Joe Wolpert’s short film, Depressions, follows Rob Krar as he runs the final ascent of the Grand Canyon. Despite its brevity, the footage, coupled with Krar’s narration, gives a unique insight into the mind of an ultra-runner who only started tackling such distances three years ago. A man for whom running (really far) helps alleviate the pain of chronic depression.
The son of a middle school teacher and a nurse, Krar’s upbringing was middle-class – “normal, happy,” he says. As a teenager he was a passionate and talented sportsman, participating in an array of disciplines, from water polo to badminton. It was in the triathlon, however, that his athletic prowess really came to the fore, and led to him twice representing Canada at the World Championships. Such a distinction didn’t go unnoticed, and upon finishing high school, Krar enrolled in an athletics scholarship at Butler University, where he made the transition from triathlon to middle-distance running. The 800m, however, is about as far removed from ultra-running – for which he is now famed – as ballet is from break dancing.
Krar was a supremely fit individual, but no one, not even himself, could have foreseen the effortlessness with which he made the step up to the unparalleled physical and mental toughness of running 50+ miles. Especially because, upon graduating from Butler, he gave up running altogether. For three years, Krar barely set foot on the trail. A broken relationship and the stresses of a nighttime shift at a pharmacy derailed his running and placed a strain on his aforementioned struggle with depression.
Then, in 2005, Krar moved to Flagstaff, Arizona. In a sport where clichés are all encompassing, the slight, bearded, flannel-shirted bloke with a stretch earring and a free-loving attitude seemed to find himself in the mountains. He took up running again, this time pushing beyond the shorter distances of his youth. Then, in 2007, he ran a 2:25 at the Boston marathon. The high altitude training had worked wonders for Krar’s fitness. The promise of going pro was a realistic ambition. But then, as quickly as expectations rose, he stopped running, again.
One ill fated ultra in 2009 – the team-race TransRockies – was his last competitive race for two years. Despite, extraordinarily, winning the event, it was an experience that could, and perhaps should, have put long-distance running in to ‘never again’ territory. With back and legs seizing up less then half way through, he had to literally drag himself across the final mile. It was an ordeal that he has since claimed destroyed him, both mentally and physically.
The following three years involved double foot surgery (to amend Haglund’s Deformity) and recovery, but, ultimately, happiness. He found love, with a fellow lover of the great outdoors, Christina Bauer. Together, they took up ski mountaineering – a sport he would later attribute as the key to his running success – and he took time to assess his athletic calling; eventually deciding that trail running was indeed the sport for him. With renewed focus and determination, 2012 was the year that Krar truly cemented his credentials. Victory – and a course record – at the Moab Red Hot 33K in February, was the catalyst for an overall series win in the esteemed La Sportiva Mountain Cup and, more significantly, his rise to trail running eminence.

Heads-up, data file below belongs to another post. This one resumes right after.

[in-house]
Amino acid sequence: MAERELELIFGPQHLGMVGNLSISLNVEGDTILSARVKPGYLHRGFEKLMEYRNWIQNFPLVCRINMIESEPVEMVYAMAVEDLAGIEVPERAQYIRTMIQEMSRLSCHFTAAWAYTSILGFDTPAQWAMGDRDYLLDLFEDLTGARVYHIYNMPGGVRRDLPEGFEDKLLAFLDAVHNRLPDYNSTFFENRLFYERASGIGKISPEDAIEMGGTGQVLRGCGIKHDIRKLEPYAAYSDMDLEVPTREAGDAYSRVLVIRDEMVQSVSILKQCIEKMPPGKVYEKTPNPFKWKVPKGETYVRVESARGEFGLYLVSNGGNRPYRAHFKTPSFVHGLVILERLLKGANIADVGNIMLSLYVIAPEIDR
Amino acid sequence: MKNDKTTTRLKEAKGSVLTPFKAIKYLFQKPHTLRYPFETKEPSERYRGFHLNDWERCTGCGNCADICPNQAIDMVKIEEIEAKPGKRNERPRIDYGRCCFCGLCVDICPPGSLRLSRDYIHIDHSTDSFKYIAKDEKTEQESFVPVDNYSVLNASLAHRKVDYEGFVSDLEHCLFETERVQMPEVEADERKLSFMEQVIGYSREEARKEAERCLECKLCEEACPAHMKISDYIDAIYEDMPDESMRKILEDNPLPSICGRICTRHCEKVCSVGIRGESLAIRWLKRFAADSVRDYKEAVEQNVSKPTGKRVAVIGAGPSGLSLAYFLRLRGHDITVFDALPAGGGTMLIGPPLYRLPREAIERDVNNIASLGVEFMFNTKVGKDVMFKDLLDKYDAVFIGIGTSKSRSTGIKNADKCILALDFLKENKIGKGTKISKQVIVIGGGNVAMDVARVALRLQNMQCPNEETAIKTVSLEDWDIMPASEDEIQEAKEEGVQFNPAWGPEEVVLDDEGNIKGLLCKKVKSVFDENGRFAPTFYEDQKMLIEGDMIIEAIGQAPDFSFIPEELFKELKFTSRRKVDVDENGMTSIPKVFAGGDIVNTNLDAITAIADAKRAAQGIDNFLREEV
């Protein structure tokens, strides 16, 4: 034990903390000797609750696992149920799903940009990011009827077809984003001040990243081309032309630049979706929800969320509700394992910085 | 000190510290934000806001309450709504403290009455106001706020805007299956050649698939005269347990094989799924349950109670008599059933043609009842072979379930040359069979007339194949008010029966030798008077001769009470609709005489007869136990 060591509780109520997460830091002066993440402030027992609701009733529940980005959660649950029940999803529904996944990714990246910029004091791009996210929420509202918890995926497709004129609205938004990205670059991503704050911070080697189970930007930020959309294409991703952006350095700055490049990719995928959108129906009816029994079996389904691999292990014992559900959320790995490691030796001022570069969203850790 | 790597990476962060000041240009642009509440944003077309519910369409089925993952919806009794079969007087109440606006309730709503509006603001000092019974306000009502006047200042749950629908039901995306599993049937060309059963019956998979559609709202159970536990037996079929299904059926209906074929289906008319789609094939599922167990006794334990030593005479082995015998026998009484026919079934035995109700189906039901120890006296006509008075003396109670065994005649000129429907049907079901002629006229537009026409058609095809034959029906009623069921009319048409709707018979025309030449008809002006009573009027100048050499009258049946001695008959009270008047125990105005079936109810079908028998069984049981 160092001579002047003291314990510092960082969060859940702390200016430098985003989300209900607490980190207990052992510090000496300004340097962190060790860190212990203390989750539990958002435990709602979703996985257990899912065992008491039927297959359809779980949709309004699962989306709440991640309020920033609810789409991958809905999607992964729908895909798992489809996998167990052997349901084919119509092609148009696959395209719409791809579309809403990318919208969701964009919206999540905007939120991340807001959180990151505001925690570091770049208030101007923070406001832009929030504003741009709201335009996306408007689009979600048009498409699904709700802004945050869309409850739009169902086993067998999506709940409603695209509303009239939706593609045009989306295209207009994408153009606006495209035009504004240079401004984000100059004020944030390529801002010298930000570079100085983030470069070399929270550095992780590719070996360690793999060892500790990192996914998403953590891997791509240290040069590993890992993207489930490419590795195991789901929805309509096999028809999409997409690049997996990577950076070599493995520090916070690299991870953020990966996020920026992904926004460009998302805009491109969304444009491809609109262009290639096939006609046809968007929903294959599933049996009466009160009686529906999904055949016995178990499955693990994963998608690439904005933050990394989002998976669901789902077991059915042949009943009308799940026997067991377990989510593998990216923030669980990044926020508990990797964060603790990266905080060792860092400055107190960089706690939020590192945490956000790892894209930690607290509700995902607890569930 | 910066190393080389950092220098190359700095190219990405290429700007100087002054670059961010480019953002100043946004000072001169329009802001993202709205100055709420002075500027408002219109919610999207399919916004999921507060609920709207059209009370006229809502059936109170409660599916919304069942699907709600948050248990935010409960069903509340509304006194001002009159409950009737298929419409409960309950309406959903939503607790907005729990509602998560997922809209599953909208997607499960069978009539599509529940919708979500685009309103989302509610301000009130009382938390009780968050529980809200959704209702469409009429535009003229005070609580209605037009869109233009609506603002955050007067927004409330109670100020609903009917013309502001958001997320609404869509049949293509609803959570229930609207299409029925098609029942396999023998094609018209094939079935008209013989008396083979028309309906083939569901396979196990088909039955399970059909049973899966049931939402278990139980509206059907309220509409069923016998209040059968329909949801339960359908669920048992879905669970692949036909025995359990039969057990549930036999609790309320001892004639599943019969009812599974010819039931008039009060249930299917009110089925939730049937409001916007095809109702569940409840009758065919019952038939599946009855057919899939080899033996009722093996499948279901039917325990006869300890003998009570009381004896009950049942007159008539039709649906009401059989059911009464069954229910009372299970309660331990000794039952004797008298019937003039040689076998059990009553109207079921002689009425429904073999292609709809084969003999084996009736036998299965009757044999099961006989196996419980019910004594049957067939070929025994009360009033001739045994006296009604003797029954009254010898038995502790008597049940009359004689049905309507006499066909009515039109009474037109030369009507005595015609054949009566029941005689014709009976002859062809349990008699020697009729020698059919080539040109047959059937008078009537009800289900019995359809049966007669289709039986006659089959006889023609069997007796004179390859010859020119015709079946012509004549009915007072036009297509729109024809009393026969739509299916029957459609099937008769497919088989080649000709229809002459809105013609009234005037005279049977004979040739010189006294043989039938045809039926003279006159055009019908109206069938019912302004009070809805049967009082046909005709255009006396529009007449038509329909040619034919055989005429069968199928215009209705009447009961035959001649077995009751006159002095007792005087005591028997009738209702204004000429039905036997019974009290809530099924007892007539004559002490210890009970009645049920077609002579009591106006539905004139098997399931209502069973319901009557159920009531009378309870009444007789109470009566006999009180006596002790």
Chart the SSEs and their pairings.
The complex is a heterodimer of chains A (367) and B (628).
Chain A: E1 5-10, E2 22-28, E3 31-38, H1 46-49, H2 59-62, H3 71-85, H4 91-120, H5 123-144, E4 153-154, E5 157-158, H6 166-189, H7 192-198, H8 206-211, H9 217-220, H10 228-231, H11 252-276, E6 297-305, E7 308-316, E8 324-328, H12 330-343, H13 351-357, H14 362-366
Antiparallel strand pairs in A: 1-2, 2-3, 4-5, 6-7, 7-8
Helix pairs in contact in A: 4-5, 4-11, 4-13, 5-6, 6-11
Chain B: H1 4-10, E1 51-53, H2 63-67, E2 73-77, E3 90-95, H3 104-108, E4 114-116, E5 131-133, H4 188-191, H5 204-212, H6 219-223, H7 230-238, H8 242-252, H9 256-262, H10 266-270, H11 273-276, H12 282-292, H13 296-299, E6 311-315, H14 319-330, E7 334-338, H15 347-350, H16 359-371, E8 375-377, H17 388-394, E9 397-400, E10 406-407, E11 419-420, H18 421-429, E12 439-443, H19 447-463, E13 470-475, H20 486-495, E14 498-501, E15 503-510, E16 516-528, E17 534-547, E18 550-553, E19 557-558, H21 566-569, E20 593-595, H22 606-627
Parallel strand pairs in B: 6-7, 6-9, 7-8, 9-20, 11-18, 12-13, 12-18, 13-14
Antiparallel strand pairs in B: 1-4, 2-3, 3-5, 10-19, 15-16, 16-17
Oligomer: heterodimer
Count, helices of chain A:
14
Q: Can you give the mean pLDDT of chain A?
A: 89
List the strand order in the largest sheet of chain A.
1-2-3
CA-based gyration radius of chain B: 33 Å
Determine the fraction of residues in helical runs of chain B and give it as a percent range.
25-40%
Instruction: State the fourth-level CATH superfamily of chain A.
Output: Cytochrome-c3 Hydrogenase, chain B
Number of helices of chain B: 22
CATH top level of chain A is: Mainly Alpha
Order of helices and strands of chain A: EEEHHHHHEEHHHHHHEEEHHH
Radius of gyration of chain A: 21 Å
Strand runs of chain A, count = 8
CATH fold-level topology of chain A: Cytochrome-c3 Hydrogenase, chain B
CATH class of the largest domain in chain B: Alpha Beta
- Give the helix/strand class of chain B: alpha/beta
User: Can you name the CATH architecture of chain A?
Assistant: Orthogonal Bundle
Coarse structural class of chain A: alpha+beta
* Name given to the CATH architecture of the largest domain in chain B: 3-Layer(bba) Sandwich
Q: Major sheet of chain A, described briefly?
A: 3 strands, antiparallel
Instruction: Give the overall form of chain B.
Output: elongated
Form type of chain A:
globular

Success in running is, perhaps more than any other sport, reliant on confidence. With self-belief finally instilled, Krar’s running career snowballed. In May of that year, he set a new fastest known time for the single crossing of the Grand Canyon (2hrs 51mins), and in September he again represented Canada, this time at the World Mountain Running Championships in Italy. An astonishing year was capped off by a second place finish in his debut ultra, the Bootlegger 50K, followed by a course record at the McDowell Mountain Frenzy 50K, one month later.
2013 proved that Krar’s rise to the top was no flash in the pan, as he cruised to victory in the hilly Leona Divide 50, breaking the course record in the process. Shortly after, he finished second in arguably the most prestigious trail race in the world: the Western States 100. Of course, that wasn’t good enough for a man who, in such a short period of time, had grown accustomed to winning. So, one year on, he returned to the Western States and, predictably, won it. In the process, he beat one of the strongest fields in the race’s history. One month on, he won the equally acclaimed Leadville 100 at his first attempt. Both victories were achieved with respective second fastest times in history.
In a sport where the breaking of boundaries is fundamental and routine, Rob Krar’s climb to the top of the proverbial ladder (perhaps mountain would be more appropriate) has defied the limits of what surely even the most bullish of ultra-runners would have deemed possible. He ran 50K for the first time three years ago. Last year, he won two of the world’s foremost 100-milers.
The 38-year-old Canadian has achieved, in the space of three years, what most professional ultra-runners could only dream of. With his attention now solely focused on the long stuff, for rivals of the night-shift pharmacist, the prognosis doesn’t look good.